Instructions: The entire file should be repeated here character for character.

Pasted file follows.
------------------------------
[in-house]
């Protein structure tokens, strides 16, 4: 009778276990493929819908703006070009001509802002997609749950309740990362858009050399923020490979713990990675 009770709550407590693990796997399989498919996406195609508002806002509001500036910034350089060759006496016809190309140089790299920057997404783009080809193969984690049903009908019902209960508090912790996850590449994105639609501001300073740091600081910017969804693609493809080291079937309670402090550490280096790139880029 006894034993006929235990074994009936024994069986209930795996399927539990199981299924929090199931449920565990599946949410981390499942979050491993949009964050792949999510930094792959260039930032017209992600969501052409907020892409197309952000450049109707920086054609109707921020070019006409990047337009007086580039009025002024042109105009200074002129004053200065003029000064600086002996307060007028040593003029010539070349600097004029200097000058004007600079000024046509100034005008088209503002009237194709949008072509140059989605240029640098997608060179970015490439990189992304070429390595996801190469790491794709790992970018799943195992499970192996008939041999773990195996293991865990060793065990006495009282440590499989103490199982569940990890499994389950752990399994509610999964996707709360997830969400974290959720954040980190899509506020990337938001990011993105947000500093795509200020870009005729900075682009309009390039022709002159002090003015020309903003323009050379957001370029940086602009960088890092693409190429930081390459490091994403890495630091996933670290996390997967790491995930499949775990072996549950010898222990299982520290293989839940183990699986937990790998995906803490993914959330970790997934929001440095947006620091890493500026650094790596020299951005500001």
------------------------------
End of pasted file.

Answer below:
[in-house]
């Protein structure tokens, strides 16, 4: 009778276990493929819908703006070009001509802002997609749950309740990362858009050399923020490979713990990675 009770709550407590693990796997399989498919996406195609508002806002509001500036910034350089060759006496016809190309140089790299920057997404783009080809193969984690049903009908019902209960508090912790996850590449994105639609501001300073740091600081910017969804693609493809080291079937309670402090550490280096790139880029 006894034993006929235990074994009936024994069986209930795996399927539990199981299924929090199931449920565990599946949410981390499942979050491993949009964050792949999510930094792959260039930032017209992600969501052409907020892409197309952000450049109707920086054609109707921020070019006409990047337009007086580039009025002024042109105009200074002129004053200065003029000064600086002996307060007028040593003029010539070349600097004029200097000058004007600079000024046509100034005008088209503002009237194709949008072509140059989605240029640098997608060179970015490439990189992304070429390595996801190469790491794709790992970018799943195992499970192996008939041999773990195996293991865990060793065990006495009282440590499989103490199982569940990890499994389950752990399994509610999964996707709360997830969400974290959720954040980190899509506020990337938001990011993105947000500093795509200020870009005729900075682009309009390039022709002159002090003015020309903003323009050379957001370029940086602009960088890092693409190429930081390459490091994403890495630091996933670290996390997967790491995930499949775990072996549950010898222990299982520290293989839940183990699986937990790998995906803490993914959330970790997934929001440095947006620091890493500026650094790596020299951005500001």